Rhyan White cheered to fourth in 200 backstroke by crowd of family, friends

Utah’s first Team USA swimmer will have another chance to medal Saturday in the 4x100 medley relay.

(Trent Nelson | The Salt Lake Tribune) Family and friends cheer as USA swimming Rhyan White places fourth in the 200-meter backstroke at the 2020 Summer Olympics on Friday, July 30, 2021.

Rhyan White, the first Utahn to swim for the United States in the Olympics, finished fourth in the 200-meter backstroke final Friday night at the Tokyo Aquatics Center.

The result was the best for an American in the race, which was won as expected by Australia’s Kaylee McKeown in 2 minutes, 4.68 seconds. That’s about six-tenths of a second off the Olympic record set by Missy Franklin in 2012.

(David Goldman | AP) Rhyan White, of United States, embraces teammate Phoebe Bacon after the women's 200-meter backstroke final at the 2020 Summer Olympics, Saturday, July 31, 2021, in Tokyo.

A crowd of nearly 150 gathered at White’s parents house to watch the race. After rising to a nearly ear-splitting ruckous as she came down the stretch, the fans hushed for a moment upon seeing the result. Then, they erupted again in a show of support for the Academy of Math, Engineering and Science graduate and former Cottonwood High swimmer.

“I’m just excited to see the level of suport from friends, family, people who grew up around her,” White’s father, Jeff, said. “She’ll be excited just to get home and see how much support she has.”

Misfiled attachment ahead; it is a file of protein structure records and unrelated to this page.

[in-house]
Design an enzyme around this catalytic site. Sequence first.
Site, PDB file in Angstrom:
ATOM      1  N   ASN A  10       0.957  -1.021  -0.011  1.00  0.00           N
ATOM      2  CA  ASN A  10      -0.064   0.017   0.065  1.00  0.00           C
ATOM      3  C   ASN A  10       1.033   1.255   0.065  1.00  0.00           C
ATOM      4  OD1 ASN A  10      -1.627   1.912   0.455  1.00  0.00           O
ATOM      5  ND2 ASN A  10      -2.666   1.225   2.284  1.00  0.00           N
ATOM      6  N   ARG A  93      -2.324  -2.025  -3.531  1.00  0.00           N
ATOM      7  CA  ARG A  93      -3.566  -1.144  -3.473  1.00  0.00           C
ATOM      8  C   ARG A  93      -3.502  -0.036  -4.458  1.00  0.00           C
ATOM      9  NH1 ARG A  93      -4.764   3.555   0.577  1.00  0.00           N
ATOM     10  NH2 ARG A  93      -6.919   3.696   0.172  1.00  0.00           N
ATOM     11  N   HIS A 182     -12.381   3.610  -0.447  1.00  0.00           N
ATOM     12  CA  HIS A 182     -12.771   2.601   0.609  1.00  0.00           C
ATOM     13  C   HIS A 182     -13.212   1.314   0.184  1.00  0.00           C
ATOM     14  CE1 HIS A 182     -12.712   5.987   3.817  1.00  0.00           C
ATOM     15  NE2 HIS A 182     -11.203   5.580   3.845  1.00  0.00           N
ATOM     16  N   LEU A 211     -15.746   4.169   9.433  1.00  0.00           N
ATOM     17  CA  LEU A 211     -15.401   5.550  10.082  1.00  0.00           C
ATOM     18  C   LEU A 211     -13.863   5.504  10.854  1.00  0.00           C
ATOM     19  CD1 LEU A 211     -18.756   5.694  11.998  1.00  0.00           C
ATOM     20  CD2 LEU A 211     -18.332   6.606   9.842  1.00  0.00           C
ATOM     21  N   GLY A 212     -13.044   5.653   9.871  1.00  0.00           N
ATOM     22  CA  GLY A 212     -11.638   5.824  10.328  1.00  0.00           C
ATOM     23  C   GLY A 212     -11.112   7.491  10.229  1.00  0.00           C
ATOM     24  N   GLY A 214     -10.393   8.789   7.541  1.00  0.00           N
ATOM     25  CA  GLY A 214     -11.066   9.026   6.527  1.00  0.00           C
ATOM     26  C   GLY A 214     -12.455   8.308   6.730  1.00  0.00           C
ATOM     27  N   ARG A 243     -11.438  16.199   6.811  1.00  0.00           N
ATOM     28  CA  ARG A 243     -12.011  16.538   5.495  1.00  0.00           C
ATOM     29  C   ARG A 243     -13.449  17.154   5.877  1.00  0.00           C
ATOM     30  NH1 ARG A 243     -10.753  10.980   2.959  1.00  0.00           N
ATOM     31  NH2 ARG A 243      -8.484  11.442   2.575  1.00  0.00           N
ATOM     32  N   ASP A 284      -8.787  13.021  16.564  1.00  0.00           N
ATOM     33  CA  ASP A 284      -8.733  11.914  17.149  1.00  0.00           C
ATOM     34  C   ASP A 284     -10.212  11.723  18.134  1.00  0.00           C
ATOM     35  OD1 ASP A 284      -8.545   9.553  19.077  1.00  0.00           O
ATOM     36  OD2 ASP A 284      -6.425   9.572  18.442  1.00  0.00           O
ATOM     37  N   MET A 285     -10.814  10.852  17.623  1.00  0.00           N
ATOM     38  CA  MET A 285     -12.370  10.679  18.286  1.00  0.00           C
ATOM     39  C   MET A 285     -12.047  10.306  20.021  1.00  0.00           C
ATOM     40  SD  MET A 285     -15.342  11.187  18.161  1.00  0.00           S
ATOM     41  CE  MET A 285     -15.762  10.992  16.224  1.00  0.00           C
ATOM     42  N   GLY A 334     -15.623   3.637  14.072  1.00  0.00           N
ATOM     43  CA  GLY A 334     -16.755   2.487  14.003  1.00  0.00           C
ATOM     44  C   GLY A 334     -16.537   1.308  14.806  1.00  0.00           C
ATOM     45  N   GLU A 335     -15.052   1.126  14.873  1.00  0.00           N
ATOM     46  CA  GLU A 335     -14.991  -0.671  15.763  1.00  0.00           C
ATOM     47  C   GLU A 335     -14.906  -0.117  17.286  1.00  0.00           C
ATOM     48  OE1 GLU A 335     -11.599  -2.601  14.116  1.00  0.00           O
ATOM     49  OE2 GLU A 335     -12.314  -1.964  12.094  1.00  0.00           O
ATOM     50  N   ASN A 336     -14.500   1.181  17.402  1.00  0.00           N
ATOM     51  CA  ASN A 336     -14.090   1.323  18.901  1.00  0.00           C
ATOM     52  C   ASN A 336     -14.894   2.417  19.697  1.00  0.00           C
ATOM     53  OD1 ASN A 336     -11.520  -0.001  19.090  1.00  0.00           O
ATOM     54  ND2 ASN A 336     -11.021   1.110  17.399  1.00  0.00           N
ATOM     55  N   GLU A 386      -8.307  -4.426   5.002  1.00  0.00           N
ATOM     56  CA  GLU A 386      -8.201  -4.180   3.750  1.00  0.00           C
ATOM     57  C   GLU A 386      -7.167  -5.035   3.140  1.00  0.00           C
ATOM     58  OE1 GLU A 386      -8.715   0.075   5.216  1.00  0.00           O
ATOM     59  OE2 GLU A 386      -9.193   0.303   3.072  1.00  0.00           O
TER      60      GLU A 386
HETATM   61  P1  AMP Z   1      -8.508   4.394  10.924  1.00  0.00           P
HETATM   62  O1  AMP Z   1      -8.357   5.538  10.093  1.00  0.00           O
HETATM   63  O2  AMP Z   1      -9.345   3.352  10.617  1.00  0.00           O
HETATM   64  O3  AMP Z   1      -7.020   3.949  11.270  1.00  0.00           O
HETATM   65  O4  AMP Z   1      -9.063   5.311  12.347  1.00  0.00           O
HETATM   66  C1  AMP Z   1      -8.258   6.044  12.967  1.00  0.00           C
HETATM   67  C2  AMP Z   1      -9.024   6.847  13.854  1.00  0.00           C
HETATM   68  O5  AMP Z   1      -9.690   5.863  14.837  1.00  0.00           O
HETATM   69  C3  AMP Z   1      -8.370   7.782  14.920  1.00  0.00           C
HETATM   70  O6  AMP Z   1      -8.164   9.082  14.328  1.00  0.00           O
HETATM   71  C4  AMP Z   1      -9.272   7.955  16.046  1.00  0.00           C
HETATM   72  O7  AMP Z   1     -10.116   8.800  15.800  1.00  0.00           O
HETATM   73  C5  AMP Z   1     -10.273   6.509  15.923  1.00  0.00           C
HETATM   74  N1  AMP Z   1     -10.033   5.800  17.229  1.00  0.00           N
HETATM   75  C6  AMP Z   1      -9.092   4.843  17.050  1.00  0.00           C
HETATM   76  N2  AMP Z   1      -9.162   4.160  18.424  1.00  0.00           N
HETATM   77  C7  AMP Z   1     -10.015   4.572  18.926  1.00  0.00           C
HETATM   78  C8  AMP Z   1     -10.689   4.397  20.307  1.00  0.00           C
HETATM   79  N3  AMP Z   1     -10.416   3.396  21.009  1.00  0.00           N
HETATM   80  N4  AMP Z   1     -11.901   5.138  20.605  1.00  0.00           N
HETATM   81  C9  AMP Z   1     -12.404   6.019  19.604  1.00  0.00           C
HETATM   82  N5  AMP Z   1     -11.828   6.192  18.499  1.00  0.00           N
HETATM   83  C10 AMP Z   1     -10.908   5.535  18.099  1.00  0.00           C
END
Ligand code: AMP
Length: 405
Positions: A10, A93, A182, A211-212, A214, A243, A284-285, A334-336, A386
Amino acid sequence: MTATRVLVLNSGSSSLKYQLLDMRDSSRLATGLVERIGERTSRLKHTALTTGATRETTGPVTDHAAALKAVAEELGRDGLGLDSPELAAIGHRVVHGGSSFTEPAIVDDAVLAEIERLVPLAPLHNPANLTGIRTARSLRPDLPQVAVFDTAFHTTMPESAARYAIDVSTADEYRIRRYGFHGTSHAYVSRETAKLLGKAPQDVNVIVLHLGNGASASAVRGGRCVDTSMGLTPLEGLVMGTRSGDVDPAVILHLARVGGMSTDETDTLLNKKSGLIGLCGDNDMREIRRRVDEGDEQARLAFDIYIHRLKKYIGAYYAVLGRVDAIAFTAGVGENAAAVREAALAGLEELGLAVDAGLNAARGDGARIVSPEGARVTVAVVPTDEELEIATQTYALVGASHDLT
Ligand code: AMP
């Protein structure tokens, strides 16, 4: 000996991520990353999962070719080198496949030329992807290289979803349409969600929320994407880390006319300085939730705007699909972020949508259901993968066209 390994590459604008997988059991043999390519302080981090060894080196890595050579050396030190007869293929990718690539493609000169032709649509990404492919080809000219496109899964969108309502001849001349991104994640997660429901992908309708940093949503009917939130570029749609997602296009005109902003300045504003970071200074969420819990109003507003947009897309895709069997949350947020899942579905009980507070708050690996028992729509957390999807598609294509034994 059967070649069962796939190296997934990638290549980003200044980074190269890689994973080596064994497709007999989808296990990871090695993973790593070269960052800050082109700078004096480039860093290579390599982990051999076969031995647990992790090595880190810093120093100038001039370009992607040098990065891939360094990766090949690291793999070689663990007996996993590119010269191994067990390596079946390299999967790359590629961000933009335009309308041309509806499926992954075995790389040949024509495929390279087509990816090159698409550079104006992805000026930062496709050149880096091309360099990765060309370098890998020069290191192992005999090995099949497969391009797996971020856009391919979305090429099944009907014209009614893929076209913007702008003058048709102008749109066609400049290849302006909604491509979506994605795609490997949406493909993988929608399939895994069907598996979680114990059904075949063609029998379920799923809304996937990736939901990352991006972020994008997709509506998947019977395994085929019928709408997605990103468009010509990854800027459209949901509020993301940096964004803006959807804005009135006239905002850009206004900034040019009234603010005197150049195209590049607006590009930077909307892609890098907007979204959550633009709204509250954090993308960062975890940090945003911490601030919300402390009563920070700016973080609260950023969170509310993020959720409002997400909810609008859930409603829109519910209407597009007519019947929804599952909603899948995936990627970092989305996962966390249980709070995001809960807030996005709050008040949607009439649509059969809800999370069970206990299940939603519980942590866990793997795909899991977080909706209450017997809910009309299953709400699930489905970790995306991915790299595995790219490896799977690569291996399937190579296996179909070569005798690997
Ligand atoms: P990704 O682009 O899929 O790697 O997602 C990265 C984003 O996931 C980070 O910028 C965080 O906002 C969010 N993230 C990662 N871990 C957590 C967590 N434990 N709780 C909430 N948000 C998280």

Canada’s Kylie Masse (2:05.42) took silver and Australia’s Emily Seebohm (2:06.17) nabbed bronze. Seebohm touched out White by just .22 seconds. White, in turn, finished a mere hundredth of a second ahead of teammate Phoebe Bacon.

White’s time was about six-tenths of a second slower than her personal record of 2:05.73 she swam to win the Olympic Trials last month in Omaha, Nebraska.

She also took fourth in the 100 backstroke in Tokyo.

That she hasn’t yet won a medal didn’t matter to her father.

“I have an Olympian, who’s the fourth fastest in the field,” he said. “I think it’s great.”

White will have one more chance to medal in Tokyo. The University of Alabama swimmer is entered as part of Team USA’s women’s 4x100 medley relay. That final will be held Saturday at 8:15 p.m. MDT.

The rest of the USA team, which is the top seed, includes Lilly King, Claire Curzan and Erika Brown.